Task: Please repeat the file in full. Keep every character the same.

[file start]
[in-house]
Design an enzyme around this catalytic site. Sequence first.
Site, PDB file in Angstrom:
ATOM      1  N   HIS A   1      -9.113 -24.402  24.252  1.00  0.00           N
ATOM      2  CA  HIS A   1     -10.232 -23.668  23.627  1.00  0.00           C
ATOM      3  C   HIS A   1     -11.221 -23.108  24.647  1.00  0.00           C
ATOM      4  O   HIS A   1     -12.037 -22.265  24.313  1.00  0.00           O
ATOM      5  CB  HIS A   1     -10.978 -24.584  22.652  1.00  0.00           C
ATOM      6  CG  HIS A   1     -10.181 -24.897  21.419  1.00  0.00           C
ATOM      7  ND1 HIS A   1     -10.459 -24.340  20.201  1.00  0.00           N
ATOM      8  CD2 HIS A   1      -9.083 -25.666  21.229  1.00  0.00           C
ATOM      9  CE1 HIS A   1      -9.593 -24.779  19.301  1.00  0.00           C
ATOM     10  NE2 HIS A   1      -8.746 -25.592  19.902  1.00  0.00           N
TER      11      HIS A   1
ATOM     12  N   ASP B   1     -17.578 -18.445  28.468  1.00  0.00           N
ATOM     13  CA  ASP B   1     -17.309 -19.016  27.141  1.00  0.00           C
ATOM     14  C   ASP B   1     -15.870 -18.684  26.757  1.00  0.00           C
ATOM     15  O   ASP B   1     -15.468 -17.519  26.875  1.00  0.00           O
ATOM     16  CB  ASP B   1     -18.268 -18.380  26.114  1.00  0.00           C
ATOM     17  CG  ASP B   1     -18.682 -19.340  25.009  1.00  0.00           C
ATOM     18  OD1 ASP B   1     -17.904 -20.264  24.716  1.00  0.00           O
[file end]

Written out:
[in-house]
Design an enzyme around this catalytic site. Sequence first.
Site, PDB file in Angstrom:
ATOM      1  N   HIS A   1      -9.113 -24.402  24.252  1.00  0.00           N
ATOM      2  CA  HIS A   1     -10.232 -23.668  23.627  1.00  0.00           C
ATOM      3  C   HIS A   1     -11.221 -23.108  24.647  1.00  0.00           C
ATOM      4  O   HIS A   1     -12.037 -22.265  24.313  1.00  0.00           O
ATOM      5  CB  HIS A   1     -10.978 -24.584  22.652  1.00  0.00           C
ATOM      6  CG  HIS A   1     -10.181 -24.897  21.419  1.00  0.00           C
ATOM      7  ND1 HIS A   1     -10.459 -24.340  20.201  1.00  0.00           N
ATOM      8  CD2 HIS A   1      -9.083 -25.666  21.229  1.00  0.00           C
ATOM      9  CE1 HIS A   1      -9.593 -24.779  19.301  1.00  0.00           C
ATOM     10  NE2 HIS A   1      -8.746 -25.592  19.902  1.00  0.00           N
TER      11      HIS A   1
ATOM     12  N   ASP B   1     -17.578 -18.445  28.468  1.00  0.00           N
ATOM     13  CA  ASP B   1     -17.309 -19.016  27.141  1.00  0.00           C
ATOM     14  C   ASP B   1     -15.870 -18.684  26.757  1.00  0.00           C
ATOM     15  O   ASP B   1     -15.468 -17.519  26.875  1.00  0.00           O
ATOM     16  CB  ASP B   1     -18.268 -18.380  26.114  1.00  0.00           C
ATOM     17  CG  ASP B   1     -18.682 -19.340  25.009  1.00  0.00           C
ATOM     18  OD1 ASP B   1     -17.904 -20.264  24.716  1.00  0.00           O